- (iii) treat controversial subjects with due accuracy and impartiality;
- (iv) do not contain abusive treatment of religious views;
- (v) do not include anything which offends against good taste or decency, or encourages/incites crime or leads to disorder; and
- (vi) are not offensive to public feeling.
Our mission is "to act in the public interest, serving all audiences through the provision of impartial, high-quality and distinctive output and services which inform, educate and entertain".
The Charter also sets out our five public purposes:
1. To provide impartial news and information to help people understand and engage with the world around them
The BBC should provide duly accurate and impartial news, current affairs and factual programming to build people’s understanding of all parts of the United Kingdom and of the wider world. Its content should be provided to the highest editorial standards. It should offer a range and depth of analysis and content not widely available from other United Kingdom news providers, using the highest calibre presenters and journalists, and championing freedom of expression, so that all audiences can engage fully with major local, regional, national, United Kingdom and global issues and participate in the democratic process, at all levels, as active and informed citizens.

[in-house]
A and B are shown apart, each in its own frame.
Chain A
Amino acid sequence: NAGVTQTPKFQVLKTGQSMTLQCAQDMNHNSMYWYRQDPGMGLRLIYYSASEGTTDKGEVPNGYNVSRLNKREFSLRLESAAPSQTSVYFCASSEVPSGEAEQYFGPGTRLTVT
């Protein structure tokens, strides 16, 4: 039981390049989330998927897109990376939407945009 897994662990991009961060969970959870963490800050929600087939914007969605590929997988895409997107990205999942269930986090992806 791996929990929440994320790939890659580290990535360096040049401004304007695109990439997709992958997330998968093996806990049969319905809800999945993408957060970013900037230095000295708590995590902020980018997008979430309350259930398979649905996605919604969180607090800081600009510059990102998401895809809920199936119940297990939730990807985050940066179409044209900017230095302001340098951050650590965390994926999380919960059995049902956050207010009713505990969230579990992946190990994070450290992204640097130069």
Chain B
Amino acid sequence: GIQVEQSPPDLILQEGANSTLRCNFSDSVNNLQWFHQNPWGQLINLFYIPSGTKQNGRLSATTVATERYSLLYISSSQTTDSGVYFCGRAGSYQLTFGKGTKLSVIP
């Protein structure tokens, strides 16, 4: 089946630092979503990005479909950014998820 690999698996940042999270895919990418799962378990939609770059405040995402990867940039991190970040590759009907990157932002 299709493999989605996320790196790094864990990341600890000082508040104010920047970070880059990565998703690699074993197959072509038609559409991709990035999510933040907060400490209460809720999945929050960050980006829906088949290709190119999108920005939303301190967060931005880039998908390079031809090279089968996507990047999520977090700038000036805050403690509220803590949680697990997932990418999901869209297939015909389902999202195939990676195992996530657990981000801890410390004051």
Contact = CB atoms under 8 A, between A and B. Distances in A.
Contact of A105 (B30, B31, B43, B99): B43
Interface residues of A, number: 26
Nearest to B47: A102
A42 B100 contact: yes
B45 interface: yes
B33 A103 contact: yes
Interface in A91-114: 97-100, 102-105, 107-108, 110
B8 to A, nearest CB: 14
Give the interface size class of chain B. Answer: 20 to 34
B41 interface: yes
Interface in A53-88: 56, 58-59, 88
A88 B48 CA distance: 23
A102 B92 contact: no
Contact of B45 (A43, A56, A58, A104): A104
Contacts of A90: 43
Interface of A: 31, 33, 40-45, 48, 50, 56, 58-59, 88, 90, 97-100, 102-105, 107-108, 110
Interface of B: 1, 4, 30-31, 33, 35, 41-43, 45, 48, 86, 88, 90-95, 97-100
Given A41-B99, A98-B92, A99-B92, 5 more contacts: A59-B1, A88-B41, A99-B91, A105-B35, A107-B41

2. To support learning for people of all ages
The BBC should help everyone learn about different subjects in ways they will find accessible, engaging, inspiring and challenging. The BBC should provide specialist educational content to help support learning for children and teenagers across the United Kingdom. It should encourage people to explore new subjects and participate in new activities through partnerships with educational, sporting and cultural institutions.
3. To show the most creative, highest quality and distinctive output and services